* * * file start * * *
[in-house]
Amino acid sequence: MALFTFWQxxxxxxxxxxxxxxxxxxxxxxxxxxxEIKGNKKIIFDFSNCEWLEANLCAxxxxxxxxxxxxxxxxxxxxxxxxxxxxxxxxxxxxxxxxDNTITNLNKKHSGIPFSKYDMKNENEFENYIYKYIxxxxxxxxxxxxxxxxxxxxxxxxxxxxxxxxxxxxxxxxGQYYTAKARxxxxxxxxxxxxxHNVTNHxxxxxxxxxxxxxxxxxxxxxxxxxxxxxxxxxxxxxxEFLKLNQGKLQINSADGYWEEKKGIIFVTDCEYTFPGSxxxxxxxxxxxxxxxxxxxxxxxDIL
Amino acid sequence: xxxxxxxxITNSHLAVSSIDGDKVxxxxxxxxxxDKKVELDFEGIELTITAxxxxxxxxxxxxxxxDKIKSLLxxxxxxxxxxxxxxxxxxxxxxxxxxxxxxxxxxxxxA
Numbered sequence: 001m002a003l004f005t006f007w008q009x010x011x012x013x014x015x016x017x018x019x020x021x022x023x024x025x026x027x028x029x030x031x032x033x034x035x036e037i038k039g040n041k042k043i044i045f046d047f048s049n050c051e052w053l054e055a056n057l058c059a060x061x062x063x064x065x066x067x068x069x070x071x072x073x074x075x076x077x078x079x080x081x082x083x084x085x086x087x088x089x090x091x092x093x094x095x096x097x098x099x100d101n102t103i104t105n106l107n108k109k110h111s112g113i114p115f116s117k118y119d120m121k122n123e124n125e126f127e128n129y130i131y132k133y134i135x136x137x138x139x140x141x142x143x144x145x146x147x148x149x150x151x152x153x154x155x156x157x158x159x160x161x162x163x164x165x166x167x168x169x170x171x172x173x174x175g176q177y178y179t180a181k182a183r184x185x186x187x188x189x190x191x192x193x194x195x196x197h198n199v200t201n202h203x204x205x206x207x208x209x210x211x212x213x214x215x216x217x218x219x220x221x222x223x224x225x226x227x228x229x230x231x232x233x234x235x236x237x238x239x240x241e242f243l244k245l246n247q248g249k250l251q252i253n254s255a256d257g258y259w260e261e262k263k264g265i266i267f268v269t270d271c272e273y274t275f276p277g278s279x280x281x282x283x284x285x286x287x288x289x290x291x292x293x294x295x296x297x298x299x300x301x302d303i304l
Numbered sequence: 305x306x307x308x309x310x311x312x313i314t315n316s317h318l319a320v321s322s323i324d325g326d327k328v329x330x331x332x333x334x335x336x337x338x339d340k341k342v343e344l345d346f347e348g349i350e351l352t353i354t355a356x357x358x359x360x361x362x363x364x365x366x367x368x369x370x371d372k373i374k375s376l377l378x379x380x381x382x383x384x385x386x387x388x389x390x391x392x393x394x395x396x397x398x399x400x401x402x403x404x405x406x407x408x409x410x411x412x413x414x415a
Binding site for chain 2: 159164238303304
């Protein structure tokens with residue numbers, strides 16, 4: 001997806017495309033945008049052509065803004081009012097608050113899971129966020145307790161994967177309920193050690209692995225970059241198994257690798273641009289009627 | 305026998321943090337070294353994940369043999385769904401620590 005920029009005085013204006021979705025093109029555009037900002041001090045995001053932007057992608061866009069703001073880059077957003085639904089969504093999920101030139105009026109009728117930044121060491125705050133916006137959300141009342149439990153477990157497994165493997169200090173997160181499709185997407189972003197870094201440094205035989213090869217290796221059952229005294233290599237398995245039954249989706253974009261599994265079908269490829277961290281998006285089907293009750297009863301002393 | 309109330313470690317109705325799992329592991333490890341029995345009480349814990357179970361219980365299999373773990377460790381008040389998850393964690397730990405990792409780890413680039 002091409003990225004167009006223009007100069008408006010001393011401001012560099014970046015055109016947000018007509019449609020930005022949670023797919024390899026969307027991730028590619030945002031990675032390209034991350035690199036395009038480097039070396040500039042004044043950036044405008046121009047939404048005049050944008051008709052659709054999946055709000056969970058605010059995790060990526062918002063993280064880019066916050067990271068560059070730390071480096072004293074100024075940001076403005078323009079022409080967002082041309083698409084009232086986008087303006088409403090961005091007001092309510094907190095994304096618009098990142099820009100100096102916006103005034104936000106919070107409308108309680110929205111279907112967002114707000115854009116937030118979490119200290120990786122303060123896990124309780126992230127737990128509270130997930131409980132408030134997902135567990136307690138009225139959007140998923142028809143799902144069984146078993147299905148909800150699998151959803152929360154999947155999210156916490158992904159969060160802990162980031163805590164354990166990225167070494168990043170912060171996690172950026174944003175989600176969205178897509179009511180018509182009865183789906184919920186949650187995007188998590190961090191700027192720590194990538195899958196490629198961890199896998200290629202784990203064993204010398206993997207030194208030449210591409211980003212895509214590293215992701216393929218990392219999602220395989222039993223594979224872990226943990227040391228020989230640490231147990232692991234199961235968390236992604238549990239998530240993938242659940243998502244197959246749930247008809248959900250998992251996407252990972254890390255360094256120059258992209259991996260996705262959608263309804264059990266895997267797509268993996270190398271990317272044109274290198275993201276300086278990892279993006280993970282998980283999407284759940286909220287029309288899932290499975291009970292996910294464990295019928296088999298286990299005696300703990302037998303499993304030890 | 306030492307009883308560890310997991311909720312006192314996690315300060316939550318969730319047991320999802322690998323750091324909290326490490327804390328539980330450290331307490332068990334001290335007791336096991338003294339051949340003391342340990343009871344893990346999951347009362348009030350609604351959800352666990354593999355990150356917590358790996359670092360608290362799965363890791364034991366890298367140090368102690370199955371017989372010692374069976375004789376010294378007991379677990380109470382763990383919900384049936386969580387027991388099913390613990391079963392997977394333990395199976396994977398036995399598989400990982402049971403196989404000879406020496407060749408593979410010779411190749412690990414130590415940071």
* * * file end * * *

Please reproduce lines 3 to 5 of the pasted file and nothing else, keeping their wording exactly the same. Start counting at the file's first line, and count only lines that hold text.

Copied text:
Amino acid sequence: xxxxxxxxITNSHLAVSSIDGDKVxxxxxxxxxxDKKVELDFEGIELTITAxxxxxxxxxxxxxxxDKIKSLLxxxxxxxxxxxxxxxxxxxxxxxxxxxxxxxxxxxxxA
Numbered sequence: 001m002a003l004f005t006f007w008q009x010x011x012x013x014x015x016x017x018x019x020x021x022x023x024x025x026x027x028x029x030x031x032x033x034x035x036e037i038k039g040n041k042k043i044i045f046d047f048s049n050c051e052w053l054e055a056n057l058c059a060x061x062x063x064x065x066x067x068x069x070x071x072x073x074x075x076x077x078x079x080x081x082x083x084x085x086x087x088x089x090x091x092x093x094x095x096x097x098x099x100d101n102t103i104t105n106l107n108k109k110h111s112g113i114p115f116s117k118y119d120m121k122n123e124n125e126f127e128n129y130i131y132k133y134i135x136x137x138x139x140x141x142x143x144x145x146x147x148x149x150x151x152x153x154x155x156x157x158x159x160x161x162x163x164x165x166x167x168x169x170x171x172x173x174x175g176q177y178y179t180a181k182a183r184x185x186x187x188x189x190x191x192x193x194x195x196x197h198n199v200t201n202h203x204x205x206x207x208x209x210x211x212x213x214x215x216x217x218x219x220x221x222x223x224x225x226x227x228x229x230x231x232x233x234x235x236x237x238x239x240x241e242f243l244k245l246n247q248g249k250l251q252i253n254s255a256d257g258y259w260e261e262k263k264g265i266i267f268v269t270d271c272e273y274t275f276p277g278s279x280x281x282x283x284x285x286x287x288x289x290x291x292x293x294x295x296x297x298x299x300x301x302d303i304l
Numbered sequence: 305x306x307x308x309x310x311x312x313i314t315n316s317h318l319a320v321s322s323i324d325g326d327k328v329x330x331x332x333x334x335x336x337x338x339d340k341k342v343e344l345d346f347e348g349i350e351l352t353i354t355a356x357x358x359x360x361x362x363x364x365x366x367x368x369x370x371d372k373i374k375s376l377l378x379x380x381x382x383x384x385x386x387x388x389x390x391x392x393x394x395x396x397x398x399x400x401x402x403x404x405x406x407x408x409x410x411x412x413x414x415a